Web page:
I'm at the World Library and Information Conference in Dublin and will be blogging some of the sessions. The first is: News Literacy: Fighting Mis/Disinformation at Your Library. This was a session organised by Social Science Libraries Section and News Media Section, of the International Federation of Library and Information Associations (IFLA). The moderators were Abby More, University of North Carolina at Charlotte, United States and Ann Okerson, Center for Research Libraries, United States. The session was attended by over 200 people, and when asked whether fake news was a serious issue in our country, I think everyone put up their hand. I'll blog the session in two parts. The following a just notes, and I have linked to the full text papers that give more information.
The first talk was on Training the trainers: A public library - higher education collaboration for Media Literacy education in Ireland, presented by Crystal Fulton, University College Dublin, Ireland and Claire McGuinness, University College Dublin, Ireland. They described a collaboration between academics at the School of Information and Communication Studies (ICS) at University College Dublin (UCD), and Meath County Council Libraries in Ireland, providing media literacy training for public librarians. They managed to get funding from Meta, in the form of a donation, so they could avoid pressures on what they produced. The researchers examined existing initiatives and also surveyed library staff about their needs and preferences for media literacy training, using a participatory action research approach. They then created online training focusing on the topics: Identifying and sharing good media literacy information; our data footprints; Google is not the internet; cyberbullying / hate speech; conspiracy theories. There were recommendations including having training about how to train library users. Their paper is here https://repository.ifla.org/handle/123456789/1952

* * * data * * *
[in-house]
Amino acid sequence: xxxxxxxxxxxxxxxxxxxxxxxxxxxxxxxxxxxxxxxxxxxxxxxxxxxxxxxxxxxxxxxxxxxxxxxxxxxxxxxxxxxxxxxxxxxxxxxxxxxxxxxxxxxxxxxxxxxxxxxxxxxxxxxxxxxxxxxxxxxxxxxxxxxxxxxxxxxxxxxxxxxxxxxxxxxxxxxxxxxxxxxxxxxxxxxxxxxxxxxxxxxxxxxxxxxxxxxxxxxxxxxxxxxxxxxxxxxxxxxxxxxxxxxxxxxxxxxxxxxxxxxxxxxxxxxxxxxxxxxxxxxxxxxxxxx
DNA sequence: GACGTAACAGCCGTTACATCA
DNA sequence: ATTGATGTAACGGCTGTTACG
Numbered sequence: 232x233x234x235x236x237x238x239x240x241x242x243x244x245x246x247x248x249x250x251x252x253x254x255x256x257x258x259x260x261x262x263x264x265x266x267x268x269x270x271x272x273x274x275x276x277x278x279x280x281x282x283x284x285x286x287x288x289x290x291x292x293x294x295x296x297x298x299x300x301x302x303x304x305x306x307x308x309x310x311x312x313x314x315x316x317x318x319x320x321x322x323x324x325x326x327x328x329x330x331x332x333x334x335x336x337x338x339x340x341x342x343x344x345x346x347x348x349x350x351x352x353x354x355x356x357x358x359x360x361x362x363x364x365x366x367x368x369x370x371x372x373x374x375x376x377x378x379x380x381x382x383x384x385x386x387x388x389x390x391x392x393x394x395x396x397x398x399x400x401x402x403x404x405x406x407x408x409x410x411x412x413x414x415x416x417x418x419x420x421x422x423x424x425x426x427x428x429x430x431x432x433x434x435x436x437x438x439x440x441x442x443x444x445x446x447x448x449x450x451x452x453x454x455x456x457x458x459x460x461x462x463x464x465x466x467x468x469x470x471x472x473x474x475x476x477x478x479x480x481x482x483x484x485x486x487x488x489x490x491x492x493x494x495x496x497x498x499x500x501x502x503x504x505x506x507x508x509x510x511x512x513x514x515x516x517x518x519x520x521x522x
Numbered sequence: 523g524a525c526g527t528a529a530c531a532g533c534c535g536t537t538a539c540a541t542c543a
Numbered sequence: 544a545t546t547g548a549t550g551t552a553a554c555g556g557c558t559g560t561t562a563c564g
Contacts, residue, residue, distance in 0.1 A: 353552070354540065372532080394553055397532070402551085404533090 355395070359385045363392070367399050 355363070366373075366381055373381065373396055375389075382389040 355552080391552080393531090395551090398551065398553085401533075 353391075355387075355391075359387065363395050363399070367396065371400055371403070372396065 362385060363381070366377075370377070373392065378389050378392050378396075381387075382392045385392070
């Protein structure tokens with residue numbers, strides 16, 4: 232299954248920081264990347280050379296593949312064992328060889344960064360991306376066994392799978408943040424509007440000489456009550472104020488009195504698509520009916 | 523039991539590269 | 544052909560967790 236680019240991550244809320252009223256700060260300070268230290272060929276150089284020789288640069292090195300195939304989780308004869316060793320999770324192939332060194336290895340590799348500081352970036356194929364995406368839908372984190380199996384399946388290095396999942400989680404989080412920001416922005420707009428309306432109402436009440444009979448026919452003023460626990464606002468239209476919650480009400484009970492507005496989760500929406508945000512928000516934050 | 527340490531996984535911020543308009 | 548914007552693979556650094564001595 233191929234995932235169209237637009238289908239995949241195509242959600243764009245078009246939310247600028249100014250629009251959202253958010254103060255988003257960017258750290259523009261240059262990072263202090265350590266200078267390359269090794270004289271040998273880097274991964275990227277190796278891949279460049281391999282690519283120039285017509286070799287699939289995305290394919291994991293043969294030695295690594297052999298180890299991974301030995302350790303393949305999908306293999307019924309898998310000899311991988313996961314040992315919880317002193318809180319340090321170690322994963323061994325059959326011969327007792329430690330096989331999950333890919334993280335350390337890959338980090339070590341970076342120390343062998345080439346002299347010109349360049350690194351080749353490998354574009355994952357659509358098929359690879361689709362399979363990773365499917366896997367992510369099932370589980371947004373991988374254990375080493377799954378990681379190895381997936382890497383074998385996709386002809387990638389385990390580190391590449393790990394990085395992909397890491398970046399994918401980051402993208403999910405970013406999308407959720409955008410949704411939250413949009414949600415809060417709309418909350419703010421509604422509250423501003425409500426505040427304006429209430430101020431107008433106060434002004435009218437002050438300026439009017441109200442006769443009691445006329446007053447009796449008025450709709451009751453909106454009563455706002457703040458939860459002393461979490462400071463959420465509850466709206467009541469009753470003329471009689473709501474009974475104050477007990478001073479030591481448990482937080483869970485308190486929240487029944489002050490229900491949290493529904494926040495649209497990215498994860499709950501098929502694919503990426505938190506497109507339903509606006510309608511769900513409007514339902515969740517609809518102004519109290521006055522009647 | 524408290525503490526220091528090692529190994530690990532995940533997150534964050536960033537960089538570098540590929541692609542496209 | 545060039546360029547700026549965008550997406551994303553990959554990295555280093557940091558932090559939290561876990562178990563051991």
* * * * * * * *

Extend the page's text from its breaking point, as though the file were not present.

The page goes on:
The second talk was Fighting Fake News and Disinformation: a scholar experience in Latin America presented by Jonathan Hernández Pérez, Library and Information Research Institute, UNAM, Mexico. He explained that there is an initiative called Seminar in information & society, started in 2002, which from 2016 worked on the issue of disinformation. In 2017 they launched ethical use of information week, then in 2018 they organised workshops for librarians, and webinars about information on COVID19 in 2020. They have published open access books addressing the same issues e.g. Repositorio IIBI UNAM: La posverdad y las noticias falsas : el uso ético de la información. From these Mexican initiatives they have extended to other South American countries. They noted that there seems to be a disconnect between scholarly work and people’s ideas and experience, which librarians need to address. They in particular called for research into internet sub cultures. The paper is here https://repository.ifla.org/handle/123456789/1969
The next speaker, Jelena Rajić, Public Library "Radislav Nikčević", Serbia, had been delayed because her flight was cancelled, but had made a virtual presentation on the spot (I think at the airport?) which she had emailed in (since librarians are so resourceful!). Her talk was Genuine librarians as a shield between fake information and library patrons. She started by identifying the role and capabilities of public librarians. To the existing role of providing support to people using the internet, the librarians realised that they needed to help people be aware of what information was fake. They carried out a survey of users and as a result of that decided they needed to organise critical information literacy training. Librarians used exercise, quizzes and so forth, but then the pandemic occurred and this led to new needs. The librarians helped by identifying sites providing false information about COVID19, and other guidance towards reliable COVID19 information. Her paper is here https://repository.ifla.org/handle/123456789/1960Photo by Sheila Webber